Structural Biology in Vivo
The structure of a protein governs its cellular activities, both physiological and pathological. However, structural characterization is often divorced from biological activity. We are developing new biochemical approaches to study protein structure in living cells. We are particularly interested in the structures of misfolded proteins, which are both diverse and enigmatic, and how they shape disease.
Proper folding is a necessary prerequisite for a protein to execute its evolved function. Conversely, misfolded proteins can actively interfere with cellular homeostasis. Linking a protein's structure to its activity remains an ongoing effort, which has been hindered in part by reliance on structural-biology approaches that do not directly consider the protein's activity. For example, whether or not a protein forms a crystal, which is necessary for some conventional structural-biology approaches, often has little to do with its activities. Misfolded proteins, which tend to be more heterogeneous and dynamic, have been particularly difficult to study by conventional approaches. We are therefore developing new approaches to infer protein structure directly from its activity in vivo. Specifically, by mapping the sequence determinants of a specific activity, we can build high-resolution models for the structure and dynamics of the protein in its active state. We are particularly interested in applying these approaches to understand the diversity of structures formed by misfolded proteins. Recent evidence shows that a single protein can misfold into many different structures, each of which can be associated with a different disease. We aim to reveal those structures, with an ultimate goal of characterizing pathogenic species in patients for diagnostic applications.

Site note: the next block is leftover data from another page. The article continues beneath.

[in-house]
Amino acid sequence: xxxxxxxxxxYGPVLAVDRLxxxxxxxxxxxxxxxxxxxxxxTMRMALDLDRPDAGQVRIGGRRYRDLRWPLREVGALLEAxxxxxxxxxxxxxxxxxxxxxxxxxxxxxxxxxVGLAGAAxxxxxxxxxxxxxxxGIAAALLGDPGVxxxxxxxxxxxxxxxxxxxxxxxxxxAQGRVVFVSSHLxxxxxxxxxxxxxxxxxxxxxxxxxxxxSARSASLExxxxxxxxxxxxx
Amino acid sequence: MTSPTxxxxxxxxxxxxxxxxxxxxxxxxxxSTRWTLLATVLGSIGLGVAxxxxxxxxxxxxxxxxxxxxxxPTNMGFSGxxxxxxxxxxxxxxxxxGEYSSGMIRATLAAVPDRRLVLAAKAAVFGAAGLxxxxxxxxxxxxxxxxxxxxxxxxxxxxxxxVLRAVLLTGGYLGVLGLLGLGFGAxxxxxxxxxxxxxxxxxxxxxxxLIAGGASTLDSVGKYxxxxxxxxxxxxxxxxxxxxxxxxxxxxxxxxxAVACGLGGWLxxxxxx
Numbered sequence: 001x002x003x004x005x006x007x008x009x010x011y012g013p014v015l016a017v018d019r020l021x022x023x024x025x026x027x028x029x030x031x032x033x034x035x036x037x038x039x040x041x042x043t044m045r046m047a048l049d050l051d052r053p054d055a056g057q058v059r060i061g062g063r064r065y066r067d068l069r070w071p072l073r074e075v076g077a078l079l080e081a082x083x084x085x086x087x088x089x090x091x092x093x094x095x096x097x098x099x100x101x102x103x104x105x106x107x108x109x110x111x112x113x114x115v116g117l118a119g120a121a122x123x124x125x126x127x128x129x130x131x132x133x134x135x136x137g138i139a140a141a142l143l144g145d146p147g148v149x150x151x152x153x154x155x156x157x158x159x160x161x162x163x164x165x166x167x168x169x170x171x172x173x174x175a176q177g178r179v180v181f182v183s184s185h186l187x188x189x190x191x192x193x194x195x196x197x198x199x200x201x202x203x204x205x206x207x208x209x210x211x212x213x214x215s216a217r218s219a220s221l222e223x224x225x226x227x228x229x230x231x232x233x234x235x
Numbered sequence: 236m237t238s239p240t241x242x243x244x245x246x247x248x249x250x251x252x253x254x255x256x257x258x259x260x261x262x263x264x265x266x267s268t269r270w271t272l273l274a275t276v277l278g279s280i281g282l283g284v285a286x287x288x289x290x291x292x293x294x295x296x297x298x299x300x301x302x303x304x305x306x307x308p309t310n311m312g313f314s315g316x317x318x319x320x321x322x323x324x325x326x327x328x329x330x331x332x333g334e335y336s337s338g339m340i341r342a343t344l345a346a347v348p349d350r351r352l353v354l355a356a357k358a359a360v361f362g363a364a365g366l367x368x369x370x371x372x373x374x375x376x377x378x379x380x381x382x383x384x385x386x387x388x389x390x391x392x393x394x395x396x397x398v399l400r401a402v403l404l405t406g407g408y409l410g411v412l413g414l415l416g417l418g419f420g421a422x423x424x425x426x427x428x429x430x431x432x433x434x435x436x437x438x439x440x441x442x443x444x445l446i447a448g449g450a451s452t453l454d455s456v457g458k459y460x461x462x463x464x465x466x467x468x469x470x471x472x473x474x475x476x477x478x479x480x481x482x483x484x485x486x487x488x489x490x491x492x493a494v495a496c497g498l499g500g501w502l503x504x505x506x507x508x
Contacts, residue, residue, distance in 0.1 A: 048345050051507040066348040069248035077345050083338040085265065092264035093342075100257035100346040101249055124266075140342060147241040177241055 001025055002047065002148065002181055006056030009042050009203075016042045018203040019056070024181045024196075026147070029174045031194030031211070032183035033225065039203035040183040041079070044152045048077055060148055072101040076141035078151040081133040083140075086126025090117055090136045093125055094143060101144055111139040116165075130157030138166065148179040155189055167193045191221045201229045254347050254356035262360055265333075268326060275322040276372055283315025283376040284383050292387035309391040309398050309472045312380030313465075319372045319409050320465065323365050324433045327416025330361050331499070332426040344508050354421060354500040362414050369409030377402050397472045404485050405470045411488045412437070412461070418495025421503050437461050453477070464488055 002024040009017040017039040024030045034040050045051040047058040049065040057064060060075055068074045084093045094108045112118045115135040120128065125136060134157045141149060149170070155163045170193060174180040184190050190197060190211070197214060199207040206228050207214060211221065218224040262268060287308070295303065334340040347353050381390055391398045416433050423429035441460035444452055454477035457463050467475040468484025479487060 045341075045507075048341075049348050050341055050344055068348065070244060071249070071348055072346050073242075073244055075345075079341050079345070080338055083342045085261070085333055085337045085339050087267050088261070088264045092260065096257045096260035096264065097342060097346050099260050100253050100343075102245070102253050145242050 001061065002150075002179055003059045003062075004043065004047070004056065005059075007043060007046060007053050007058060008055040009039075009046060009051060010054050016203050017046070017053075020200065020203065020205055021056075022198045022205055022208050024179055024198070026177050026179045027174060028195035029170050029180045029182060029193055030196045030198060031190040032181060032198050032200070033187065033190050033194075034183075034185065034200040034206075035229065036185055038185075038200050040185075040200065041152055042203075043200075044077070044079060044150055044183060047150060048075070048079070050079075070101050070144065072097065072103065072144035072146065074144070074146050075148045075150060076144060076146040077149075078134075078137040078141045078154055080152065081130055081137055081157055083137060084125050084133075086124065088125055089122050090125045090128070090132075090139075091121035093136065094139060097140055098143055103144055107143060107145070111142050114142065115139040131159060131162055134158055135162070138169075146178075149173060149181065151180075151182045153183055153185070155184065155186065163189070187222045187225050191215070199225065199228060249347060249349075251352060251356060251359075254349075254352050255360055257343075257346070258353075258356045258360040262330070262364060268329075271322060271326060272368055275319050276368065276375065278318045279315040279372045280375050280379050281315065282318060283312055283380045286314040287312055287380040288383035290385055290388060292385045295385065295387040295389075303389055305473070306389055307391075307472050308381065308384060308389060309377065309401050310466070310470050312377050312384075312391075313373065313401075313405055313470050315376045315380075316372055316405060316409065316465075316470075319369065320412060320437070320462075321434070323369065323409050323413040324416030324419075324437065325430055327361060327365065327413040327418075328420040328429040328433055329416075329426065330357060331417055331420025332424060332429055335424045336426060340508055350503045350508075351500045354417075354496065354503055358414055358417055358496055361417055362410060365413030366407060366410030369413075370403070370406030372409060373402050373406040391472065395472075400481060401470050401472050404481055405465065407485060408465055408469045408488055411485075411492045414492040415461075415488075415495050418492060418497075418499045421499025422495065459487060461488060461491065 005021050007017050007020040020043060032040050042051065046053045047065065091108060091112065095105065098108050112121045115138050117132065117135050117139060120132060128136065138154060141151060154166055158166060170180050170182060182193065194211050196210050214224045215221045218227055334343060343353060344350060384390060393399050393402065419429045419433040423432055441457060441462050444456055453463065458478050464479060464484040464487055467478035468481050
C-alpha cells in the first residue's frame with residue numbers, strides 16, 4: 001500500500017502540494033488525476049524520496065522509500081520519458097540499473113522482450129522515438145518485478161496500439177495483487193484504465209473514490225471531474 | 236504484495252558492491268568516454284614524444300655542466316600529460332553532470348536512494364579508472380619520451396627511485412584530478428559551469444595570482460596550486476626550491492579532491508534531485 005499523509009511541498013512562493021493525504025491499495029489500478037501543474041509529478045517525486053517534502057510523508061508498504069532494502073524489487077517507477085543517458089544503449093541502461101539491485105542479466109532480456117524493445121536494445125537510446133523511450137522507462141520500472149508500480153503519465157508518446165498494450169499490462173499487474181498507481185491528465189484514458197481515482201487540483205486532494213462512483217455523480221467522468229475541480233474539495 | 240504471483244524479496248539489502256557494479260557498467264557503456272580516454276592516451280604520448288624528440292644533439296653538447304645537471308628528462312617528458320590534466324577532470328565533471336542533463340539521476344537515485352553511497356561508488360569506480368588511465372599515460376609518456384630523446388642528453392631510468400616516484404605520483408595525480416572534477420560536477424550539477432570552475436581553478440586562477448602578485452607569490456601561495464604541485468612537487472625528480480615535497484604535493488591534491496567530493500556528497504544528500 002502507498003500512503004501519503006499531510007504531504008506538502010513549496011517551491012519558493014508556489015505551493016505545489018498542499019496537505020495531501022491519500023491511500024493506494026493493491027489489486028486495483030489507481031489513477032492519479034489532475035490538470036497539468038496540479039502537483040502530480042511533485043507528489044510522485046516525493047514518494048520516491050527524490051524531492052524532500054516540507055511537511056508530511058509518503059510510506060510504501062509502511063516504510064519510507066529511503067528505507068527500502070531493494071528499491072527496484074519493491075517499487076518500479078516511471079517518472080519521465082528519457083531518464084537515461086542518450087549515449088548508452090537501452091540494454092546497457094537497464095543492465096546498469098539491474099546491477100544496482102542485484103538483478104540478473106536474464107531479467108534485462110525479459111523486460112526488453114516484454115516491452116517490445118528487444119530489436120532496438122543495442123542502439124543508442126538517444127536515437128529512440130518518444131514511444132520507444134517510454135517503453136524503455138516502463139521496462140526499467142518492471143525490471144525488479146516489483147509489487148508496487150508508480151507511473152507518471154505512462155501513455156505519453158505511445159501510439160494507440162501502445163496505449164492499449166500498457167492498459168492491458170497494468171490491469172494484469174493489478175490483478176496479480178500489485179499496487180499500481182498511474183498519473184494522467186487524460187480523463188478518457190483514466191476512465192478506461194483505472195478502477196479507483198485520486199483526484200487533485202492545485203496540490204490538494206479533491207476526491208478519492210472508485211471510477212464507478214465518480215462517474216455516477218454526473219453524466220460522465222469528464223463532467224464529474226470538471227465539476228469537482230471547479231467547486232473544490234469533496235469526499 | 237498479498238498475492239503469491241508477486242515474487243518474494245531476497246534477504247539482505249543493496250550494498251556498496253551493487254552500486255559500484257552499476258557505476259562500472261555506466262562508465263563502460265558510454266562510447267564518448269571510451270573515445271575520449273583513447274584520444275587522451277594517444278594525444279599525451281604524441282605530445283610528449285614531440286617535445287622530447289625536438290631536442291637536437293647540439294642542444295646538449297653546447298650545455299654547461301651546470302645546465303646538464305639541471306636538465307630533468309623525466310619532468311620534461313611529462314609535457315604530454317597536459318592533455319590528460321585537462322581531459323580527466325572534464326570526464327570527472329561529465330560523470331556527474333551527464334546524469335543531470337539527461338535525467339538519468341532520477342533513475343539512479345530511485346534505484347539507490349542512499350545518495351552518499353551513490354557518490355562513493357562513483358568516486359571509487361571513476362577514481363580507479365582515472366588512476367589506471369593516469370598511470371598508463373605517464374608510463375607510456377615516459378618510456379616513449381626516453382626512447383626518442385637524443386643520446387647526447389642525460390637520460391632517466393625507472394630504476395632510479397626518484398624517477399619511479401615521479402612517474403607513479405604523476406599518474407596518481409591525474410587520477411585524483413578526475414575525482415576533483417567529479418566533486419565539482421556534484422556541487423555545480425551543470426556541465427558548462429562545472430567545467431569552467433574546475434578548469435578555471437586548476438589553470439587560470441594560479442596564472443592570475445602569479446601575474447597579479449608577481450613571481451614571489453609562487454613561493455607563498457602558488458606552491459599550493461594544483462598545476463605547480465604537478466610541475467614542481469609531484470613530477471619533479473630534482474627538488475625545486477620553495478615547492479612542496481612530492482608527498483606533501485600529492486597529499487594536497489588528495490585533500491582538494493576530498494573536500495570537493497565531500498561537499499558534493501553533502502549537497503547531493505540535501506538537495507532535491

Students and scientists working on these problems in our lab use techniques and approaches from biochemistry, genetics, and molecular biology, including molecular cloning, library construction, next-generation sequencing, recombinant protein expression and purification, microbial culture, mammalian cell culture, flow cytometry, molecular modeling, and bioinformatics.